I thought I knew what to expect when entering “Nine Lives” at The Renaissance Society, one exhibition of many that have opened around the country as part of the Feminist Art Coalition. I looked forward to seeing a collection of works that were by all female or non-binary artists, or that perhaps embodied a feminist ideology, which they did. It was much more than that, as each piece was so varied in its message, each artist putting forth an experience both singular and authentic. No two experiences are alike, and these diverse works, each a window into a specific identity, reveals to us an intersectional feminism, one that acknowledges the needs and differences that come with different identities.
All of the works in the exhibition, whether video, installation, painting or poetry, function like a portrait; they portray a person’s identity and experience—some more literally than others. Toyin Ojih Odutola’s “In the Drawing Room” is the first piece you encounter: a moody, intimate portrait of a Black woman, her head resting on her hand in a worried posture. Nearby, Elle Pérez’s photograph “Mae (three days after)” shows a close up of Mae, who pulls back a scarf to reveal a scar on their neck and faded bruising around the eyes. Although the viewer does not have further context, we can assume that this photo was taken post-gender-reassignment surgery. Just beyond these works is a large-scale painting of a woman lying on the ground. In Aliza Nisenbaum’s “Kayhan Reading the New York Times (Resistance Begins at Home),” the woman looks despondent, eyes glazed over as she attempts to read one of many newspapers that surround her on the floor—as overwhelmed by the news as we are today. What do these pieces have in common except for a figure as their subjects? The takeaway: why look for the similarities? We must take into consideration the elements that form each individual, like race and gender identity, which shape their experiences in the world—and note that identifying as female changes things still.
Contrasting the figurative works were many rooted in text. Across from “Kayhan Reading” is a pile of physical newspapers that visitors can take with them. These newspapers, titled “American Ledger no. 3,” by Raven Chacon, include the headline “LYNCH LAW AND THE COLOR LINE.” Here, the artist has written a new musical score along with words from anti-lynching activist and suffragist Ida B. Wells, originally published in 1893. A smart and challenging piece, Chacon brings forth histories that are difficult to confront and rarely taught, multiplying the power of these words by printing them hundreds of times in these stacked newspapers. Perhaps the more these words are read, the less this history will be ignored. Language and its aesthetics are reconfigured in Chacon’s work and again in the work of Huong Ngô. Ngô’s work, “It was her handwriting that ultimately gave her away,” covers an entire wall with pieces of paper, some with text from letters written by Vietnamese anti-colonial activist Nguyên Thi Minh, and others with text written in invisible ink. A stunning, largely monochromatic installation, the work gorgeously interprets the aesthetics of censorship and correspondence. How does one visualize a conversation between two people? How can thoughts and notes within pieces of historical research, such as the letters and books of Thi Minh, be shown? As Chacon’s piece aims to realize contested history through the production of words, Ngô erased the words, compelling us to give careful attention to what has been hidden from us.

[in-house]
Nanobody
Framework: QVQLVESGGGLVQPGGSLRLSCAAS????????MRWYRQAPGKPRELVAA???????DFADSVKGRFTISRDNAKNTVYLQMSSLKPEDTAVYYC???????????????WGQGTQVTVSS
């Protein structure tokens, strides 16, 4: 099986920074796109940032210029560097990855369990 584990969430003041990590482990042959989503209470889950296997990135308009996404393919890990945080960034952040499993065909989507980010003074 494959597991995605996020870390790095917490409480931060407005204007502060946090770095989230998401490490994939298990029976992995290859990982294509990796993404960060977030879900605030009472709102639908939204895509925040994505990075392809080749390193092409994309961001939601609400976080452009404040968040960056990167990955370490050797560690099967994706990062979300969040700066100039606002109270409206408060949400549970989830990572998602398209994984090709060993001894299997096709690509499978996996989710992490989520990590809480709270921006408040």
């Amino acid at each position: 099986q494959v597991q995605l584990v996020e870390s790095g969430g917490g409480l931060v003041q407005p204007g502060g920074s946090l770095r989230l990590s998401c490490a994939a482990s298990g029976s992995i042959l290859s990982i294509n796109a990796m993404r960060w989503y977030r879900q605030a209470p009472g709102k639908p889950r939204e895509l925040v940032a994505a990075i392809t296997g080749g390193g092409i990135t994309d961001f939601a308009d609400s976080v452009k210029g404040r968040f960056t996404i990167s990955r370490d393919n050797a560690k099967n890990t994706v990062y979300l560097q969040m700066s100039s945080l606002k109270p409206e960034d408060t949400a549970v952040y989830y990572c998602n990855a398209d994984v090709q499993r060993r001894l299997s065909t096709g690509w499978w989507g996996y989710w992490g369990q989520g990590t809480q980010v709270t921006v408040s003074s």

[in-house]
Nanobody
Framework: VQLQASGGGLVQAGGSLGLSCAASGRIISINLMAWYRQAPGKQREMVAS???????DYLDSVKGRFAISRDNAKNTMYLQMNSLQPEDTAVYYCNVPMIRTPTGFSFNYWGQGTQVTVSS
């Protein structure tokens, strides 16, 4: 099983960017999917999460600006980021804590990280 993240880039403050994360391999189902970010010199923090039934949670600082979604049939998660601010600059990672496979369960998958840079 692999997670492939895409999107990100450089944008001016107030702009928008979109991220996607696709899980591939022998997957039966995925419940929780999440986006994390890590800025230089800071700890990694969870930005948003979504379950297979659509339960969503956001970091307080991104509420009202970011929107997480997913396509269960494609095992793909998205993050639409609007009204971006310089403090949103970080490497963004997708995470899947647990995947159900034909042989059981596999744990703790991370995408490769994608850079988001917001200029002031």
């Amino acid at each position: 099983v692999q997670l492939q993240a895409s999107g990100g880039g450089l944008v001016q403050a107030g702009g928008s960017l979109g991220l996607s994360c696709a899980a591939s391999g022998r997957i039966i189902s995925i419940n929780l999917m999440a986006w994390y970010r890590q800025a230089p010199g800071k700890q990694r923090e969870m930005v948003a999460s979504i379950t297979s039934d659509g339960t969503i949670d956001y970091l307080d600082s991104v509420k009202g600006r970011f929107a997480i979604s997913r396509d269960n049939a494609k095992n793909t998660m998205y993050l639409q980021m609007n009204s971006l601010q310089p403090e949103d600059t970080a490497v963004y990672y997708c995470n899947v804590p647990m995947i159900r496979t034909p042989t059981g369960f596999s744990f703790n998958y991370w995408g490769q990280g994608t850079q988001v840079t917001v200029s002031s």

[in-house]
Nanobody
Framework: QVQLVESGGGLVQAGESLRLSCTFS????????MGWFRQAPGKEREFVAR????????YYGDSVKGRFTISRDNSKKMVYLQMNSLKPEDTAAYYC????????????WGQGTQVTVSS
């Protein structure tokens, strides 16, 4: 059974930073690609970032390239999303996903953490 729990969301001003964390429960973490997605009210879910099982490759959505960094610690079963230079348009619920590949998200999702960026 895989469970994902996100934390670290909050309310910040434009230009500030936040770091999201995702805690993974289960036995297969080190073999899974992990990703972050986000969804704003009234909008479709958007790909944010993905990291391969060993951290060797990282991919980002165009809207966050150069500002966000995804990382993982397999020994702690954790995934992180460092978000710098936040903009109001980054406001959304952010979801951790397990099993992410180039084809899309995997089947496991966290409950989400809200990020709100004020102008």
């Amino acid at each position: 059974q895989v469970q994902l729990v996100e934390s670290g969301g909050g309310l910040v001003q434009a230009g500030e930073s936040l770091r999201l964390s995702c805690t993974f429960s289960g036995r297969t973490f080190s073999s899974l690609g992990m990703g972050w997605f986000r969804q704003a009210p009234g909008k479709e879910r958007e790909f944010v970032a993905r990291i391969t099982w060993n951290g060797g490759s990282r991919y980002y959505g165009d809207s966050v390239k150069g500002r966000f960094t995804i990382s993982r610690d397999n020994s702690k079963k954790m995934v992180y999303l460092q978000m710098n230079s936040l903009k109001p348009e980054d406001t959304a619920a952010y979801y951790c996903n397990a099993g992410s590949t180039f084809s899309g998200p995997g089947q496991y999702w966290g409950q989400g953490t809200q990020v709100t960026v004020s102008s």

The works in “Nine Lives” embody female experiences that are shaped by race, gender identity, sexual orientation and the differently abled body. A multitude of factors inform who we are, all of which change throughout time and depend on our surroundings. We are not the same person in every situation. Sometimes we code-switch to assimilate to our environment, other times we tone down a part of ourselves for our own safety. We are at the same time singular and many, reinventing ourselves and continuously becoming. Even standing amongst the works in “Nine Lives,” the subjects become someone else to me and I become someone else in relation to them. Together, the artists in the exhibition have recognized the individual experience of each subject while at the same time acknowledging that their identities are elusive, transient and evolutionary. (Christina Nafziger)
Nine Lives, through November 14 at the Renaissance Society, 5811 South Ellis. The curatorial essay is here.